As per the PED’s subsequent goals, accordingly, things do not look much different than what they did in the past, especially given why and what got the state involved in such litigation in the first place. While the state also intends to (2) Simplify processes for districts/charters and also for the PED, and this is more or less fair, the state is also to (3) Establish a timeline for providing to districts and schools more current data in that currently such data are delayed by one school year, and these data are (still) needed for the state’s Pay for Performance plans (which was considered one high-stakes consequence at issue in Judge Thompson’s ruling). A tertiary goal is also to deliver in a more timely fashion such data to teacher preparation programs, which is something also of great controversy, as (uninformed) policymakers also continue to believe that colleges of education should also be held accountable for the test scores of their graduates’ students (see why this is problematic, for example, here). In the state’s final expressed goal, they make it explicit that (4) “Moving the timeline enhances the understanding that this system isn’t being used for termination decisions.” While this is certainly good, at least for now, the performance pay program is still something that is of concern. As is the state’s continued attempts to (still) use students’ test scores to evaluate teachers, and the state’s perpetual beliefs that the data errors also exposed by the lawsuit were the fault of the school districts, not the state, which Judge Thomson also noted.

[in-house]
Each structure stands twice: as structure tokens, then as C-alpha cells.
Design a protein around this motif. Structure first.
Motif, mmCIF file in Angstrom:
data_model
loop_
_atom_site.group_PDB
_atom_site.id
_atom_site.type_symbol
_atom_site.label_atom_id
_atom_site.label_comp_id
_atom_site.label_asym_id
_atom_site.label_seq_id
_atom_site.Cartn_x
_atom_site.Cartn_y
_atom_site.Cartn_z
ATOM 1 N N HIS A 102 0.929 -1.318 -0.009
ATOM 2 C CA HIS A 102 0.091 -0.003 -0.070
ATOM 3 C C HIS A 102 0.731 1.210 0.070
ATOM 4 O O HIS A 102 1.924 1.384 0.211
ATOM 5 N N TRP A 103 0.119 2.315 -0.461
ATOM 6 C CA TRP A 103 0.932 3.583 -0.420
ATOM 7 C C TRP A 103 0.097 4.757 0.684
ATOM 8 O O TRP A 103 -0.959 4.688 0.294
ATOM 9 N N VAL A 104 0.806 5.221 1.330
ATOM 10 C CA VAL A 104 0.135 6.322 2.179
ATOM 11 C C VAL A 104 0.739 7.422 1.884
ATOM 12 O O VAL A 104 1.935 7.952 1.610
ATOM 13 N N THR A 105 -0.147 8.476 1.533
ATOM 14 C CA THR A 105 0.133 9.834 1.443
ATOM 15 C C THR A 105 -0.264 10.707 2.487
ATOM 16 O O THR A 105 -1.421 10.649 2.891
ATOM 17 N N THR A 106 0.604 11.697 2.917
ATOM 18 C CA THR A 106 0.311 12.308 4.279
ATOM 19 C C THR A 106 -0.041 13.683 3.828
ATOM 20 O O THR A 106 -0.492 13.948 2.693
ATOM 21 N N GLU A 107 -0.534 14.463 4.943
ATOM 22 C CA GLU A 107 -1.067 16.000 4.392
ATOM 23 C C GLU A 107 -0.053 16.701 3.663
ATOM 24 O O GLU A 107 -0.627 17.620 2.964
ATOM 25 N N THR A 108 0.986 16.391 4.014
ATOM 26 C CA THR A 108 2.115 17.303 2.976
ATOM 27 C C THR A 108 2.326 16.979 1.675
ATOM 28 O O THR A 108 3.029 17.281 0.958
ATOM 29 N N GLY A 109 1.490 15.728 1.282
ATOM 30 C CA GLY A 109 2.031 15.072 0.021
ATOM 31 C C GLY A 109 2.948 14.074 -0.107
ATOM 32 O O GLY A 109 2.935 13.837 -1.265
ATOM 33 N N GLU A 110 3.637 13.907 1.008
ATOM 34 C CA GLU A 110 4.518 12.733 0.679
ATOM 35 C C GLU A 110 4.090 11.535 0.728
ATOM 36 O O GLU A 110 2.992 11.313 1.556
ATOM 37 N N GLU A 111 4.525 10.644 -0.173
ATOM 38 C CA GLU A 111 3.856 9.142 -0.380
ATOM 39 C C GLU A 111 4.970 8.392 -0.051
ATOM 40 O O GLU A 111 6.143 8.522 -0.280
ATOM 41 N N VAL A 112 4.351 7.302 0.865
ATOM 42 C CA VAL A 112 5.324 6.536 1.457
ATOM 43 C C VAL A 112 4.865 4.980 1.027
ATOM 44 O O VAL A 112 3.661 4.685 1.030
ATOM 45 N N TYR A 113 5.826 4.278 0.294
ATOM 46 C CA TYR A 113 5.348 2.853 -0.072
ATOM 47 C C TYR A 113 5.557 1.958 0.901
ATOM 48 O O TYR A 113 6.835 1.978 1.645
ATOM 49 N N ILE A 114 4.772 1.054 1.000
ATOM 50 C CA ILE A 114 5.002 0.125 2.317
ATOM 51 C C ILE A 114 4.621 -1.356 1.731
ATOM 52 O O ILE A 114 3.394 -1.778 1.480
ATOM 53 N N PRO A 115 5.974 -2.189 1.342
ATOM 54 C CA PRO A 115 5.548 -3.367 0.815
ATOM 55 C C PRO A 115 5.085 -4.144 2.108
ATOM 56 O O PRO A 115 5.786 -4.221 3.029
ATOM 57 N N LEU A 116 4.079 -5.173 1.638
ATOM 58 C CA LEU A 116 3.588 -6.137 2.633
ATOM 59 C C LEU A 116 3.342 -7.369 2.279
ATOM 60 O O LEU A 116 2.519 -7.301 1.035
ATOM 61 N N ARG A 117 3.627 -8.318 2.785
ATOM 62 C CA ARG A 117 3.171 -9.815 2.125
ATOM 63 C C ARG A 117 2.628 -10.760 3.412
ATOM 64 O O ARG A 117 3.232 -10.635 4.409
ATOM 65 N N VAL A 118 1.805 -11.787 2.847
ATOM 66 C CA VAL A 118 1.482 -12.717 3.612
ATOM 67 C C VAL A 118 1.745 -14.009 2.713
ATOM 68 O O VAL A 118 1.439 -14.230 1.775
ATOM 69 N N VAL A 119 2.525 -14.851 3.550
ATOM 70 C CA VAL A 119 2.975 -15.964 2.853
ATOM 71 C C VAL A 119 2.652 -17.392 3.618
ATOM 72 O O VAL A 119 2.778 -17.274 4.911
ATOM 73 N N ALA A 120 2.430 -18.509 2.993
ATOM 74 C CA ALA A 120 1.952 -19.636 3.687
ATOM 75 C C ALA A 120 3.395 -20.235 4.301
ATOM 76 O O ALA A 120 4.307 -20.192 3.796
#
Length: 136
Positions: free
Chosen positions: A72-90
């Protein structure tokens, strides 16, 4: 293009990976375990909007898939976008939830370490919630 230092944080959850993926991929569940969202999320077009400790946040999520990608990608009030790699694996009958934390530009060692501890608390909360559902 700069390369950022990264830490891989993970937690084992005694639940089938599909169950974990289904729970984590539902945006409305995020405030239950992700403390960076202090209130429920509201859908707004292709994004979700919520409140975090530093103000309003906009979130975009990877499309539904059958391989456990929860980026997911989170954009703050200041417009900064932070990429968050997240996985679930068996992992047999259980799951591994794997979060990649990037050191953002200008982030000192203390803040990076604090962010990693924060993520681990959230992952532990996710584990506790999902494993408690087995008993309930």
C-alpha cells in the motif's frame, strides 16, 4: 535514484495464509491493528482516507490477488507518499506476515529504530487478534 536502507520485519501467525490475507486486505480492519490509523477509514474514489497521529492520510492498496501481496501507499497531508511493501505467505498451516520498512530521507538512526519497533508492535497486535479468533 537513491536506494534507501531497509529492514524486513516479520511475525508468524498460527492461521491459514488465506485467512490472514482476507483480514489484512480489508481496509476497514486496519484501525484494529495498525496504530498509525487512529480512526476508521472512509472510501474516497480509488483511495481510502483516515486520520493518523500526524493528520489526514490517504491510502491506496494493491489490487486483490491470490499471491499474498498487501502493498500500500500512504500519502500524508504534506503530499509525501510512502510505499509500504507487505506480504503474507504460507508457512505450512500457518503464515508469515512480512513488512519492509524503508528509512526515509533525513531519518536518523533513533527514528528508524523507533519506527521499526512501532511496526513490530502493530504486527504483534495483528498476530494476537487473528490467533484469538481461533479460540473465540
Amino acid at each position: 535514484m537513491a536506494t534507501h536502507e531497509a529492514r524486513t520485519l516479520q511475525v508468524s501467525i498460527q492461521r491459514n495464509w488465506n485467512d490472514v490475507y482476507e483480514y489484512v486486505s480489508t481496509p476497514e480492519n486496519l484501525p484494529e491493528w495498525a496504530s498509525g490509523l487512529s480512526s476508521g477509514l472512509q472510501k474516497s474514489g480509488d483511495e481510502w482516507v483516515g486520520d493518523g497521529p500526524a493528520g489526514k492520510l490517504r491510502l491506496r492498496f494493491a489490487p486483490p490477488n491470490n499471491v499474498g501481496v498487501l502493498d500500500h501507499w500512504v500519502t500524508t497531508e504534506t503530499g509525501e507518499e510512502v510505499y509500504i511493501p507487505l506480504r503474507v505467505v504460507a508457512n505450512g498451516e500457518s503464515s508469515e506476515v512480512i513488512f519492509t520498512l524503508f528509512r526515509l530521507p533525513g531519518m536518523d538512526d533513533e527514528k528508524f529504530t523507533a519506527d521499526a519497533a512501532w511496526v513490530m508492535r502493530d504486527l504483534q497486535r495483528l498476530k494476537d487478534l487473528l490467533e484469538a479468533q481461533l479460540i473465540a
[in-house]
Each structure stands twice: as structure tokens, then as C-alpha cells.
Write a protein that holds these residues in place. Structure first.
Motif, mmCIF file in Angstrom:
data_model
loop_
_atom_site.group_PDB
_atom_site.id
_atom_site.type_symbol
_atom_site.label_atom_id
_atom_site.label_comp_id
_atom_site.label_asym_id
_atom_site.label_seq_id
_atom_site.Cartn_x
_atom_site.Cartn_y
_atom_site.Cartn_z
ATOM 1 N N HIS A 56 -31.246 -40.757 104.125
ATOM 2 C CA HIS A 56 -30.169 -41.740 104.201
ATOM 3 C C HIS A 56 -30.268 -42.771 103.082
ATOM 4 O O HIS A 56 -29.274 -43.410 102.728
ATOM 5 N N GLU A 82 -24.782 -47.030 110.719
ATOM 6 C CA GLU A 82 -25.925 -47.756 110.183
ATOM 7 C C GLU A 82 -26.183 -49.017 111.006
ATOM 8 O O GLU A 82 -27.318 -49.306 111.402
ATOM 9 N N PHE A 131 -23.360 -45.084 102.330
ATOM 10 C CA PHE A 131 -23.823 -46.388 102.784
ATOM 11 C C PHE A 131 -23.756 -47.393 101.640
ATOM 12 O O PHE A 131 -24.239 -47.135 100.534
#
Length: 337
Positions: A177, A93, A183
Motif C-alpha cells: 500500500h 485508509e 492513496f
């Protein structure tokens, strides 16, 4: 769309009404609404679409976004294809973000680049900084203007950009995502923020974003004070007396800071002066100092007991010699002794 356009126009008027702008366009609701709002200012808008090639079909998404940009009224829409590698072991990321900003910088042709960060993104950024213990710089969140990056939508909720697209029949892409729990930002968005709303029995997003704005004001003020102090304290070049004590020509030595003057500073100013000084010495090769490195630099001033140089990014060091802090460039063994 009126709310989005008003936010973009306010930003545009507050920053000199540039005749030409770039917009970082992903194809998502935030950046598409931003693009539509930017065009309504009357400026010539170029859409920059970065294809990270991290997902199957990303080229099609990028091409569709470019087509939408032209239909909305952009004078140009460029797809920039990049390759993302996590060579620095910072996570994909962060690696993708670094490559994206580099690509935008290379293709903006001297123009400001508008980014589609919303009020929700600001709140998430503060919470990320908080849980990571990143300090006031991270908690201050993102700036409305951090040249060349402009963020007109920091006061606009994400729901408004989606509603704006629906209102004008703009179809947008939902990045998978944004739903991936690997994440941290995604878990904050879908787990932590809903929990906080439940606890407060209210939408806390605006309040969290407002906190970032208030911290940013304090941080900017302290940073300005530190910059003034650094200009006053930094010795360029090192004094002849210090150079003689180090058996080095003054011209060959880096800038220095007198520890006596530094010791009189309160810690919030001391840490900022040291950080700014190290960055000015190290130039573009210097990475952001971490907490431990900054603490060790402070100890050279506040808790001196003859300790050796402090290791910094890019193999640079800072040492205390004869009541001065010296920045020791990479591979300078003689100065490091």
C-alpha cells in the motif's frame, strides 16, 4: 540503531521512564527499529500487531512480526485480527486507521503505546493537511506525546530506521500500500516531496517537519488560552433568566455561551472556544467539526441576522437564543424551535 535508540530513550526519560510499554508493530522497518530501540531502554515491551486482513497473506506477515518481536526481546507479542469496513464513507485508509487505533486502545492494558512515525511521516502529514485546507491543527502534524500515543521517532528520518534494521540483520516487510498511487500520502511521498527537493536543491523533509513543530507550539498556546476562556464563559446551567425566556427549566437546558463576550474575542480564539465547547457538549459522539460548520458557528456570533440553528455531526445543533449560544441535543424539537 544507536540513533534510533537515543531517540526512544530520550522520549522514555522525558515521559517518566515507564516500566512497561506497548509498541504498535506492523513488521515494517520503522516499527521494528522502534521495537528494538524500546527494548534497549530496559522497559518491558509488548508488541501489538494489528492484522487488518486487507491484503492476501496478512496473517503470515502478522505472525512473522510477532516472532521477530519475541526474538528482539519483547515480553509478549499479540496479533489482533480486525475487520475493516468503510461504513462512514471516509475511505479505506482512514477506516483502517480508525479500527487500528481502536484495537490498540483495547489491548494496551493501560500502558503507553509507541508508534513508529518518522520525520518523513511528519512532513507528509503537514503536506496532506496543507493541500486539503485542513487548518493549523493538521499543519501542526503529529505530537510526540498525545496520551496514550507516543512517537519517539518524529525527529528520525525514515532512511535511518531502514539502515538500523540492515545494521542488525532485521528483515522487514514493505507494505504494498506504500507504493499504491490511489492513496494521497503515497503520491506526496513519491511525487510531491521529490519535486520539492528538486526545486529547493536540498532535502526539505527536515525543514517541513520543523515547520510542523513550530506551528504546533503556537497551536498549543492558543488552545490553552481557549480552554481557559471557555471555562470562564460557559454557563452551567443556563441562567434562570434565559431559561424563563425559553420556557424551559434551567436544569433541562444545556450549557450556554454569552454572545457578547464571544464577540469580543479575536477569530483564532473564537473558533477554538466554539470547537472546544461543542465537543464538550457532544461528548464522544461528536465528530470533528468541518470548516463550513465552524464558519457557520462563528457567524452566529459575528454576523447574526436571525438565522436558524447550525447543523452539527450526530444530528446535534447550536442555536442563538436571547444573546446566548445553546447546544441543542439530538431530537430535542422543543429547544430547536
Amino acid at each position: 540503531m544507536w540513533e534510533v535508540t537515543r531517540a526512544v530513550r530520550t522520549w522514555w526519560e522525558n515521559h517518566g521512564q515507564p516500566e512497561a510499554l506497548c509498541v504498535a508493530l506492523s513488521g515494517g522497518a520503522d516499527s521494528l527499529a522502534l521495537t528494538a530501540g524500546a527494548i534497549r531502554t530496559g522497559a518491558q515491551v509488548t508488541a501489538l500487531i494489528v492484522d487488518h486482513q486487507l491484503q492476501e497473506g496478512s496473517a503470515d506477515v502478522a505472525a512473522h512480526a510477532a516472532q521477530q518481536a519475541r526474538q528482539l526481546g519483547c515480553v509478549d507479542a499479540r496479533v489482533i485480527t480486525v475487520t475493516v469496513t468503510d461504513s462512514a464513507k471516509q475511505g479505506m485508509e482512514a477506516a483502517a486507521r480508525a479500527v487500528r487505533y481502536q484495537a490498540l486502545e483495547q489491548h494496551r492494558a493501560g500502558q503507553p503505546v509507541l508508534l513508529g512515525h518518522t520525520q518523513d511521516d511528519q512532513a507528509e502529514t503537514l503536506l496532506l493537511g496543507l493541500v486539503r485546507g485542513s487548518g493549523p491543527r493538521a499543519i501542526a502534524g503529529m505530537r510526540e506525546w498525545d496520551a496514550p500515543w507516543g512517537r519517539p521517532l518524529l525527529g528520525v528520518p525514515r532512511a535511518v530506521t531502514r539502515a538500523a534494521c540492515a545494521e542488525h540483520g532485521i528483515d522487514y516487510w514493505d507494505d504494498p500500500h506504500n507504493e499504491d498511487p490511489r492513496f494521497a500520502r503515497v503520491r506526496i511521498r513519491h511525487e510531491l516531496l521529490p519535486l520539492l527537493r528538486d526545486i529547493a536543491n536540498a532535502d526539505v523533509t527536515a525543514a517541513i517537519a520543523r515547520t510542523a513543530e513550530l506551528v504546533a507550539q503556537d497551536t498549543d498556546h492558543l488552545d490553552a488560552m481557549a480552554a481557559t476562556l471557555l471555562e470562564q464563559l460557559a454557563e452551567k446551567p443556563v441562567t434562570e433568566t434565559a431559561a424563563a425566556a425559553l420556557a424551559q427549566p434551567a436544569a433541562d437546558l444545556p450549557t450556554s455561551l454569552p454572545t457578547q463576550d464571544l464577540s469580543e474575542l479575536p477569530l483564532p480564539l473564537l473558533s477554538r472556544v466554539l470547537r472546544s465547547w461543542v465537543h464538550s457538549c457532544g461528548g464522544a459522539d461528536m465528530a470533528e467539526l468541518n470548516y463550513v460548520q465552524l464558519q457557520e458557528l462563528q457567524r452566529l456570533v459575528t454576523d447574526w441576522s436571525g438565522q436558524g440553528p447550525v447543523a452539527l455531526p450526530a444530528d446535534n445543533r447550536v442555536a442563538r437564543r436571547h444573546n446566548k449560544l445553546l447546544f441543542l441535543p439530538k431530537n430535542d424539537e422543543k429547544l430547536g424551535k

Regardless, here is the state’s “Legal Rationale,” and here is also where things go a bit more awry. As re-positioned by the state/PED, they write that “the NEA and AFT recently advanced lawsuits set on eliminating any meaningful teacher evaluation [emphasis added to highlight the language that state is using to distort the genuine purposes of these lawsuits]. These lawsuits have exposed that the flexibility provided to local authorities has created confusion and complexity. Judge Thomson used this complexity when granting an injunction in the AFT case—citing a confusing array of classifications, tags, assessments, graduated considerations, etc. Judge Thomson made clear that he views this local authority as a threat to the statutorily required uniformity of the system [emphasis added given Judge Thompson said nothing of this sort, in terms of devaluing local authority or control, but rather, he emphasized the state’s menu of options was arbitrary and not uniform, especially given the consequences the state was requiring districts to enforce].” This, again, pertains to what is written in the current state statute in terms of a uniform teacher evaluation system.

Accordingly, and unfortunately, the state’s proposed changes would: “Provide a single plan that all districts and charters would use, providing greater uniformity,” and “Simplify the model from 107 possible classifications to three.” See three other moves detailed in the PED announcement here (e.g., moving data delivery dates, eliminating all but three tests, and the fall 2016 date which all of this is to become official).

Related, see a visual of what the state’s “new and improved” teacher evaluation system, in response to said litigation, is to look like. Unfortunately, again, it really does not look much different than it did prior except, perhaps, in the proposed reductions of testing options. See also the full document from which all of this came here.

Screen Shot 2016-01-30 at 10.20.01 AM

Nonetheless, we will have to wait to see if this, again, will please the court, and Judge Thompson’s ruling that the state is not to make any consequential decisions about New Mexico’s teachers using the data the state collects until the state (and/or others external to the state) can evidence to the court that the system is reliable, valid, etc.